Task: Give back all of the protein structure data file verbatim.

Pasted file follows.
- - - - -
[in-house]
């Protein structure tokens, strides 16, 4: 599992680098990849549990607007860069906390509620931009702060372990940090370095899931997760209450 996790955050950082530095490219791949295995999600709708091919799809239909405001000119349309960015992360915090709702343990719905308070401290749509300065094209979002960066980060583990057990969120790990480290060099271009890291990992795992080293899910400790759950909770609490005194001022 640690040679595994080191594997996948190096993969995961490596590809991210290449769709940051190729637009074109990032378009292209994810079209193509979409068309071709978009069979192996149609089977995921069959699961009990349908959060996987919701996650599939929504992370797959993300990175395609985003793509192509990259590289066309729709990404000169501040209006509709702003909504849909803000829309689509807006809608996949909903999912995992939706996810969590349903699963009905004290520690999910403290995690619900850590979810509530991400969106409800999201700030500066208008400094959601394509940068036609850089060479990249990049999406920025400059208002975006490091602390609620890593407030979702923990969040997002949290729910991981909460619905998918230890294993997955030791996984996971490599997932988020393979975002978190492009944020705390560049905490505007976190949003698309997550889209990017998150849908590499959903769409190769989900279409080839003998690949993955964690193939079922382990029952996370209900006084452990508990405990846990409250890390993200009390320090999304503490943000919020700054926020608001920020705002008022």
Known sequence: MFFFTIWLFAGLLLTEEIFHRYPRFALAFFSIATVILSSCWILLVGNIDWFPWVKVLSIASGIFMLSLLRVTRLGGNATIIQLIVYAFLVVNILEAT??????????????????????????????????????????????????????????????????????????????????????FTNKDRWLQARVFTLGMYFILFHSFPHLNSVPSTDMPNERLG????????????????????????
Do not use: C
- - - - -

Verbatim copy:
[in-house]
């Protein structure tokens, strides 16, 4: 599992680098990849549990607007860069906390509620931009702060372990940090370095899931997760209450 996790955050950082530095490219791949295995999600709708091919799809239909405001000119349309960015992360915090709702343990719905308070401290749509300065094209979002960066980060583990057990969120790990480290060099271009890291990992795992080293899910400790759950909770609490005194001022 640690040679595994080191594997996948190096993969995961490596590809991210290449769709940051190729637009074109990032378009292209994810079209193509979409068309071709978009069979192996149609089977995921069959699961009990349908959060996987919701996650599939929504992370797959993300990175395609985003793509192509990259590289066309729709990404000169501040209006509709702003909504849909803000829309689509807006809608996949909903999912995992939706996810969590349903699963009905004290520690999910403290995690619900850590979810509530991400969106409800999201700030500066208008400094959601394509940068036609850089060479990249990049999406920025400059208002975006490091602390609620890593407030979702923990969040997002949290729910991981909460619905998918230890294993997955030791996984996971490599997932988020393979975002978190492009944020705390560049905490505007976190949003698309997550889209990017998150849908590499959903769409190769989900279409080839003998690949993955964690193939079922382990029952996370209900006084452990508990405990846990409250890390993200009390320090999304503490943000919020700054926020608001920020705002008022």
Known sequence: MFFFTIWLFAGLLLTEEIFHRYPRFALAFFSIATVILSSCWILLVGNIDWFPWVKVLSIASGIFMLSLLRVTRLGGNATIIQLIVYAFLVVNILEAT??????????????????????????????????????????????????????????????????????????????????????FTNKDRWLQARVFTLGMYFILFHSFPHLNSVPSTDMPNERLG????????????????????????
Do not use: C